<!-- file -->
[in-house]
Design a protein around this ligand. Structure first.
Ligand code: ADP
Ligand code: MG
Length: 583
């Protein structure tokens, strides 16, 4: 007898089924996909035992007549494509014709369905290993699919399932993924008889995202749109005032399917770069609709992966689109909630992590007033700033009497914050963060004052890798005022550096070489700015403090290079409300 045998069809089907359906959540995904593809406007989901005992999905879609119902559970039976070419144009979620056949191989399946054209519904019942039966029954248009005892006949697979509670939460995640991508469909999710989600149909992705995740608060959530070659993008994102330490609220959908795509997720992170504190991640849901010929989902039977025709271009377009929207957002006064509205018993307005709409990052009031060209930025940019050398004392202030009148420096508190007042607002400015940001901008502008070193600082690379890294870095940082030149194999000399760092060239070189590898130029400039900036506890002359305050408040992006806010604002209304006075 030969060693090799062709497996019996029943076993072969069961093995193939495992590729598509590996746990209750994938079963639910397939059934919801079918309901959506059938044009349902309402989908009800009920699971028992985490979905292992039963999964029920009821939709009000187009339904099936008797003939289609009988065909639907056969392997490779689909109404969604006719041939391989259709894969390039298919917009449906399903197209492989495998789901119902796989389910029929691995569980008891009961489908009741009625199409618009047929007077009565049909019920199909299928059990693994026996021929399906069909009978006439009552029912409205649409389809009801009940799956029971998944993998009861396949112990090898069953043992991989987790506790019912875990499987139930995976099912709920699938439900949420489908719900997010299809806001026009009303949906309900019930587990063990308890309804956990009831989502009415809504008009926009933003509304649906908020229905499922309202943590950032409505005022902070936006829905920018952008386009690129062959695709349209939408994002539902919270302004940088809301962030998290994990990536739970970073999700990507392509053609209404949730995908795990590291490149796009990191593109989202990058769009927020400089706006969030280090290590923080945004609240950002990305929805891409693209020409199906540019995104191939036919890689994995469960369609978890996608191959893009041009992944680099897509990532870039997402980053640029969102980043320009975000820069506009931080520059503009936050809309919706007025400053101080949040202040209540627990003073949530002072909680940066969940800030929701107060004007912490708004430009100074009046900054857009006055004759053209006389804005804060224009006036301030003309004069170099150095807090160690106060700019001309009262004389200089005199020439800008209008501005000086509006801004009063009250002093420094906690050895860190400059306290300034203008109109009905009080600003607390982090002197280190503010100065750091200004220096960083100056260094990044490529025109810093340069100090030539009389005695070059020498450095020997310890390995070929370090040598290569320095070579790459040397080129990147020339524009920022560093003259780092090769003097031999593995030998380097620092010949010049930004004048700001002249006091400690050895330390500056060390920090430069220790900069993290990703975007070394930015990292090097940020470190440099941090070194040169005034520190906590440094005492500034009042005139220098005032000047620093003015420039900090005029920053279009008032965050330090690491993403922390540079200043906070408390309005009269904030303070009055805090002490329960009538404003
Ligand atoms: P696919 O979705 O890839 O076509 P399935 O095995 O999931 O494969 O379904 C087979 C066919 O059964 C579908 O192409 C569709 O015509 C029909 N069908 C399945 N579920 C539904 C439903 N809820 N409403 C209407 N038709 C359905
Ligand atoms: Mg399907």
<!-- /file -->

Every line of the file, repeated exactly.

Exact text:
[in-house]
Design a protein around this ligand. Structure first.
Ligand code: ADP
Ligand code: MG
Length: 583
């Protein structure tokens, strides 16, 4: 007898089924996909035992007549494509014709369905290993699919399932993924008889995202749109005032399917770069609709992966689109909630992590007033700033009497914050963060004052890798005022550096070489700015403090290079409300 045998069809089907359906959540995904593809406007989901005992999905879609119902559970039976070419144009979620056949191989399946054209519904019942039966029954248009005892006949697979509670939460995640991508469909999710989600149909992705995740608060959530070659993008994102330490609220959908795509997720992170504190991640849901010929989902039977025709271009377009929207957002006064509205018993307005709409990052009031060209930025940019050398004392202030009148420096508190007042607002400015940001901008502008070193600082690379890294870095940082030149194999000399760092060239070189590898130029400039900036506890002359305050408040992006806010604002209304006075 030969060693090799062709497996019996029943076993072969069961093995193939495992590729598509590996746990209750994938079963639910397939059934919801079918309901959506059938044009349902309402989908009800009920699971028992985490979905292992039963999964029920009821939709009000187009339904099936008797003939289609009988065909639907056969392997490779689909109404969604006719041939391989259709894969390039298919917009449906399903197209492989495998789901119902796989389910029929691995569980008891009961489908009741009625199409618009047929007077009565049909019920199909299928059990693994026996021929399906069909009978006439009552029912409205649409389809009801009940799956029971998944993998009861396949112990090898069953043992991989987790506790019912875990499987139930995976099912709920699938439900949420489908719900997010299809806001026009009303949906309900019930587990063990308890309804956990009831989502009415809504008009926009933003509304649906908020229905499922309202943590950032409505005022902070936006829905920018952008386009690129062959695709349209939408994002539902919270302004940088809301962030998290994990990536739970970073999700990507392509053609209404949730995908795990590291490149796009990191593109989202990058769009927020400089706006969030280090290590923080945004609240950002990305929805891409693209020409199906540019995104191939036919890689994995469960369609978890996608191959893009041009992944680099897509990532870039997402980053640029969102980043320009975000820069506009931080520059503009936050809309919706007025400053101080949040202040209540627990003073949530002072909680940066969940800030929701107060004007912490708004430009100074009046900054857009006055004759053209006389804005804060224009006036301030003309004069170099150095807090160690106060700019001309009262004389200089005199020439800008209008501005000086509006801004009063009250002093420094906690050895860190400059306290300034203008109109009905009080600003607390982090002197280190503010100065750091200004220096960083100056260094990044490529025109810093340069100090030539009389005695070059020498450095020997310890390995070929370090040598290569320095070579790459040397080129990147020339524009920022560093003259780092090769003097031999593995030998380097620092010949010049930004004048700001002249006091400690050895330390500056060390920090430069220790900069993290990703975007070394930015990292090097940020470190440099941090070194040169005034520190906590440094005492500034009042005139220098005032000047620093003015420039900090005029920053279009008032965050330090690491993403922390540079200043906070408390309005009269904030303070009055805090002490329960009538404003
Ligand atoms: P696919 O979705 O890839 O076509 P399935 O095995 O999931 O494969 O379904 C087979 C066919 O059964 C579908 O192409 C569709 O015509 C029909 N069908 C399945 N579920 C539904 C439903 N809820 N409403 C209407 N038709 C359905
Ligand atoms: Mg399907």